See where thunderstorms and severe weather will strike this weekend.

The unsettled weather pattern developing this weekend will bring thunder and even the chance of severe weather to parts of the Tri-State.  High temperatures will drop back into the mid 50s on Saturday and sink into the mid 40's on Sunday before we shoot back up into the 60' on Monday.  A cold front will become stationary along the Ohio River, and will provide a boundary for the smaller storm systems to follow.

Here is a look at the SPC severe outlook for Friday night through early Saturday morning.  Cold air aloft and stronger winds will allow elevated thunderstorms to develop that may drop near-severe (smaller than 1") hail over the northeastern corner of the Tristate in Dubois, Martin and Daviess counties in Indiana.  "See Text" means you need to read the text below the image, but I've summarized the important parts for you.


By late Sunday, winds will shift to the south again and provide a punch of moisture and energy that will fuel more scattered thunderstorms.  Again, the SPC outlook for Sunday is not indicating severe storms, although a few may produce near-severe hail.  Time frame is Sunday late afternoon and evening.  The green shaded areas show where thunderstorms will be possible.  Although no widespread severe weather is forecast, some storms may briefly produce gusty winds and small hail.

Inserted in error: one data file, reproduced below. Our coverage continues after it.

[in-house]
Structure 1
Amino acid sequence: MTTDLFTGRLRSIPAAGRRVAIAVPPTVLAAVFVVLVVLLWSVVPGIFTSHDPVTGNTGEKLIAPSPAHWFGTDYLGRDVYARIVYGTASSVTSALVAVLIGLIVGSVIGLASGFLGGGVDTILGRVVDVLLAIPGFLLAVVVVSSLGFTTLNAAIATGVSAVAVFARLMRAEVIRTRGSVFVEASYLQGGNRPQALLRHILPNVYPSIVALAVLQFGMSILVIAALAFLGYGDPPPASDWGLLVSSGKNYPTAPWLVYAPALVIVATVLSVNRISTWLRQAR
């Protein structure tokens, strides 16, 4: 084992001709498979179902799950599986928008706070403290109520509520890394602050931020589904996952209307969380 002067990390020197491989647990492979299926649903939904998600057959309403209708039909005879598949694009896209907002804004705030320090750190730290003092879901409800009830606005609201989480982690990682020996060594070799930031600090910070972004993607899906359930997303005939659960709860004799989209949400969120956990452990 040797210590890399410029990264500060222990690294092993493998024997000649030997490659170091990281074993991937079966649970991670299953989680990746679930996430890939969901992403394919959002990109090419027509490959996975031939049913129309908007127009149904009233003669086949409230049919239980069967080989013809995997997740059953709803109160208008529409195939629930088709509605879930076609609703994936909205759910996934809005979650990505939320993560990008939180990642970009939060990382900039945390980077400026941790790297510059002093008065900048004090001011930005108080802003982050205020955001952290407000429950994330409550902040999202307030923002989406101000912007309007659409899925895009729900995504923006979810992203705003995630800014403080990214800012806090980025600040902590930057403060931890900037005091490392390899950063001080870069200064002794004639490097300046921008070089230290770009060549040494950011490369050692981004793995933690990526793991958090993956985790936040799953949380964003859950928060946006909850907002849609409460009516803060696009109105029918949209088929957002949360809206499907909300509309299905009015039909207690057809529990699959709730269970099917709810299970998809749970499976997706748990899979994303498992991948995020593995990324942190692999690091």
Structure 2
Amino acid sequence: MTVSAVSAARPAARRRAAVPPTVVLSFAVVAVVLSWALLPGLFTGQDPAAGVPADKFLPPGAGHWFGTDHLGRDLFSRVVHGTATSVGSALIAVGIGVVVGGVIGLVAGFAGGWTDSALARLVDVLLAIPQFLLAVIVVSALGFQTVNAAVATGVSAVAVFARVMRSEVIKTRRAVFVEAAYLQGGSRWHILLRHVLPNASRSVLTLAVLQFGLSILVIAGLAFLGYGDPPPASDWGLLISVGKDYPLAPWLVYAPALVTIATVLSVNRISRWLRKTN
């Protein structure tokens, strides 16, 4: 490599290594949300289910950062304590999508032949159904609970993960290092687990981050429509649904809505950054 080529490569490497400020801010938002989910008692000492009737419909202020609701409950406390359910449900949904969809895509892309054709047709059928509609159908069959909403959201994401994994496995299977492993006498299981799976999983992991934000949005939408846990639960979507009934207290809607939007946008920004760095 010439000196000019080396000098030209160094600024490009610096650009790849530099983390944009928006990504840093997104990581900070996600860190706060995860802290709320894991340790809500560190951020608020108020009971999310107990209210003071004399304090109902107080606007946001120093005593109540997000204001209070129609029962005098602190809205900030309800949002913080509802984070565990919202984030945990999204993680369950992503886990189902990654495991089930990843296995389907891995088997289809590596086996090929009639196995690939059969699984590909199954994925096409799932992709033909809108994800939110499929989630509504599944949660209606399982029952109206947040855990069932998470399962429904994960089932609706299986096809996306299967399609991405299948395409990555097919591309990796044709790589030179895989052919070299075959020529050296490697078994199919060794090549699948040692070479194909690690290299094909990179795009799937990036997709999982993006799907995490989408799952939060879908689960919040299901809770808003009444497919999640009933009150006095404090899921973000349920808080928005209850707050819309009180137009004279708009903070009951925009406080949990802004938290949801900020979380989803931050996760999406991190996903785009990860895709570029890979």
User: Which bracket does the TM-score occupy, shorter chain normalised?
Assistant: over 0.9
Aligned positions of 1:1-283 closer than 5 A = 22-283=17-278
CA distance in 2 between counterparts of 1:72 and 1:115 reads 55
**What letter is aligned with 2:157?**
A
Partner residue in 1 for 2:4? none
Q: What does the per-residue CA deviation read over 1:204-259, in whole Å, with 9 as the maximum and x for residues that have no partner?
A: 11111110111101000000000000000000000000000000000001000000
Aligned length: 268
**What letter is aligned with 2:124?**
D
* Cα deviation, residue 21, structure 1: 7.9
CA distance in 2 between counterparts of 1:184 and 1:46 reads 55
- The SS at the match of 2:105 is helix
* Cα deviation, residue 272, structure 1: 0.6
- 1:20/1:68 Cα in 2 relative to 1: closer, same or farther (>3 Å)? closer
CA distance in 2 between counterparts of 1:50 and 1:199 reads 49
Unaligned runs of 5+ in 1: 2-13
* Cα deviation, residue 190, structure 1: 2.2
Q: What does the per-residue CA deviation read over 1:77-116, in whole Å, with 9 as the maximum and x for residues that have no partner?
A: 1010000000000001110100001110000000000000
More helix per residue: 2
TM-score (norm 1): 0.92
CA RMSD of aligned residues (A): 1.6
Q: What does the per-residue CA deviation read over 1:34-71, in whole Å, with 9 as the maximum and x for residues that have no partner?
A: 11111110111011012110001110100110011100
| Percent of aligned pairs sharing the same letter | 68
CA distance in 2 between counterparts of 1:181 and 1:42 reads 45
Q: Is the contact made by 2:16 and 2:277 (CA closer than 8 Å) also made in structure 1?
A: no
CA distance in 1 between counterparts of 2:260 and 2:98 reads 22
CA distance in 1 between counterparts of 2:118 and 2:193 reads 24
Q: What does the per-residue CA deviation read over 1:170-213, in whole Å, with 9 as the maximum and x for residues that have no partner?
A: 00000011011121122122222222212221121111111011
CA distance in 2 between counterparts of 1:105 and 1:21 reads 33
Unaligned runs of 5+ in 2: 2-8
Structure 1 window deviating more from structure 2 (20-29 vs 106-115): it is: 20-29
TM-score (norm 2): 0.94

On Monday, the upper level jetstream will nose into western and central Kentucky.  Energy rounding the base of the trough (the bottom of the kink in the jetstream) will be sufficient for severe thunderstorms, mainly to the southeast of the Tri-State.  We'll have to keep an eye on this, because any change in the jet or the track of the low could send the threat closer to us or push it farther south.  The SPC has a Day 4 (D4) outlook for severe weather over the Tennessee Valley all the way up into central Kentucky.

The Friday-to-Friday rainfall forecast is still kicking out a couple of inches of rain, concentrated along the Ohio River valley over the next 7 days. 

We're already at a 2-inch rainfall surplus for the year, so if this forecast pans out, we'll continue to replenish rainfall we didn't get during the drought of 2012.  I'm not expecting any widespread flooding, but if showers and storms train along the stalled front, we could see some localized heavy rainfall and flooding.